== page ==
It has been a summer of love for the private equity real estate sector, with institutional investors backing one fund strategy after another. From generalist mega-funds to funds dedicated to niche property types like car parks, strategies are being capitalized left, right and center, reminiscent of the years leading up to the financial crisis. Increasingly, funds even are becoming oversubscribed –compelling stuff for sure.
Within this plethora of fundraising triumphs, however, you would be hard pressed to identify a tale more compelling than that of Morgan Stanley Real Estate Investing (MSREI), widely regarded as one of the crisis’ biggest victims. The raising of $1 billion in a first closing for its eighth global opportunity fund – Morgan Stanley Real Estate Fund (MSREF) VIII Global, or G8 as it is known – might seem small fry when considering other capital raisings to have occurred this summer. It might even seem paltry when compared to the firm’s own fundraising track record, which extends to more than $25 billion since its formation in 1991 and had looked better and better until the global financial crisis struck. Still, when you consider how far MSREI has come since the poor performance of investments made on behalf of its 2007 vintage funds almost irrevocably marred its reputation, this first opportunistic capital haul in more than four years takes on a special significance.
For one, the new fundraising offers evidence that MSREI has returned to producing strong enough returns for its investors that a number of them will forgive its ill-timed, 2007 vintage funds and commit more capital to the series. PERE understands that MSREF VII Global – which attracted $4.7 billion in 2010, the same year that its current leadership took charge – currently is generating returns of more than 20 percent IRR. Furthermore, approximately $1.6 billion already has been returned.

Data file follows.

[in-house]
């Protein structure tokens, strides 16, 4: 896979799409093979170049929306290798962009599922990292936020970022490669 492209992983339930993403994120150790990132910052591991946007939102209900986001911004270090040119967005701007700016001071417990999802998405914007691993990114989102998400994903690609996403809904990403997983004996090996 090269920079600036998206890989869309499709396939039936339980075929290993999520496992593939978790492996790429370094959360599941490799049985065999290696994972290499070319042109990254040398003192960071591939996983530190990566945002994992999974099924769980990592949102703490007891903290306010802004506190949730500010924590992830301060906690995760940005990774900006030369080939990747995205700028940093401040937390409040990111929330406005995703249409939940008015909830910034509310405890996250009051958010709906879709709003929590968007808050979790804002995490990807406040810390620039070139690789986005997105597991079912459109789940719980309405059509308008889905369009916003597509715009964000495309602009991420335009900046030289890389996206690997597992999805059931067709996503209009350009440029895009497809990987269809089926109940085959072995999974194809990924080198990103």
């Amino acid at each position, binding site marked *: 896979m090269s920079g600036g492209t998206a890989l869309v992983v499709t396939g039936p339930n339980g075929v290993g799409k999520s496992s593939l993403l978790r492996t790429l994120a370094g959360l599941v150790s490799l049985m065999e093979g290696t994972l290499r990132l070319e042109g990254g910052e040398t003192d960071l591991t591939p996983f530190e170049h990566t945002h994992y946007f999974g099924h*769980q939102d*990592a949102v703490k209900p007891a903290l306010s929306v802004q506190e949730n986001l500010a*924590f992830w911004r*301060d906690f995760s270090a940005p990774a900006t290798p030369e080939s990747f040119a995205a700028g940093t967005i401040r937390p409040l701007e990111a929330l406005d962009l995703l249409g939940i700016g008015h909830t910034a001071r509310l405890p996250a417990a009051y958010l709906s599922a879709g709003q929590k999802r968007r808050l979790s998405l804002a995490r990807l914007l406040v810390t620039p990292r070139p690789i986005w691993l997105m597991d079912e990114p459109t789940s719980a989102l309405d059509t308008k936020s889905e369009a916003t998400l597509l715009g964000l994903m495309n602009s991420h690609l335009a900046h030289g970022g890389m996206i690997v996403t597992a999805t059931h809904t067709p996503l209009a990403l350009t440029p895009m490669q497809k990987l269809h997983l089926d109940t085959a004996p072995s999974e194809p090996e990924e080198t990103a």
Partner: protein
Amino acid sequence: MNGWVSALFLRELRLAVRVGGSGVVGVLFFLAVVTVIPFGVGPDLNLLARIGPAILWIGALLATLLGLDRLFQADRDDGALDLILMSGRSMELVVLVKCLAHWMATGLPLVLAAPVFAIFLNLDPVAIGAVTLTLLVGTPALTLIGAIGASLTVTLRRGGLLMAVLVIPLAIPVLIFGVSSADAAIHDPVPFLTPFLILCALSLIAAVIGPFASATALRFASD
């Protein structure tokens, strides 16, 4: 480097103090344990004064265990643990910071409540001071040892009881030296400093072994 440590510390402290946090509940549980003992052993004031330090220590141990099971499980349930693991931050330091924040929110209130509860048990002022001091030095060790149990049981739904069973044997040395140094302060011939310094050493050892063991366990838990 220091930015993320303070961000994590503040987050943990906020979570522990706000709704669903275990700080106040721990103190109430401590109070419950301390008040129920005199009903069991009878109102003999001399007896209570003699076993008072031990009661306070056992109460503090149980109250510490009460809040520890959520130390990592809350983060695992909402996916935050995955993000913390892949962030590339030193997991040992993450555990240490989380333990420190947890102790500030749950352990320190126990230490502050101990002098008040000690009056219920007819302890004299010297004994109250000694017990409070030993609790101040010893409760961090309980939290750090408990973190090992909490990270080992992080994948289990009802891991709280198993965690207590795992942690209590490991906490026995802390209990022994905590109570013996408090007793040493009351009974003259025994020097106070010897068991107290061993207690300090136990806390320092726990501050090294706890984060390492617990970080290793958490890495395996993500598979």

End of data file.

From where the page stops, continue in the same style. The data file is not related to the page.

Secondly, and arguably more importantly, the new fundraising offers vindication for all parties related to the platform that decided to press on despite its prior woes. Reeling from the performance of G6, hierarchical changes internally and volatile property markets generally, MSREI invested little equity from G7 early on. With some six months to go before its investment period expired, the platform required a vote from its investors to continue deploying as much as $2.7 billion of uncommitted capital. That was a pivotal time for both the fund and the platform alike as a negative vote could have spelled the end of a long-dating series whose brand had become synonymous with the platform itself.
Consequently, the investors that approved a 12-month extension for the fund’s investment period will feel vindicated they made the right decision. And, as a 10 percent investor in the fund, Morgan Stanley itself will no doubt share in that sentiment. It too could have walked away from the platform, just as many of its investment banking peers did from theirs.
Executing a strategy focused on opportunistic situations with a high degree of income protection has been the order of the day for G7 and, given the chance by the bank and its investors, it has proven to have worked effectively. The same strategy will be deployed for its successor.
G8 is not expected to extend beyond $3 billion at final closing. Still, given the storm from which MSREI has emerged, a final closing at that volume would crystallize what really has been one of the industry’s greatest comeback stories to date. So, while the summer of ’14 might be producing a heap of fundraises throughout the private real estate sector, it may well be the comeback capital haul by one of its former greats that will stand out the most.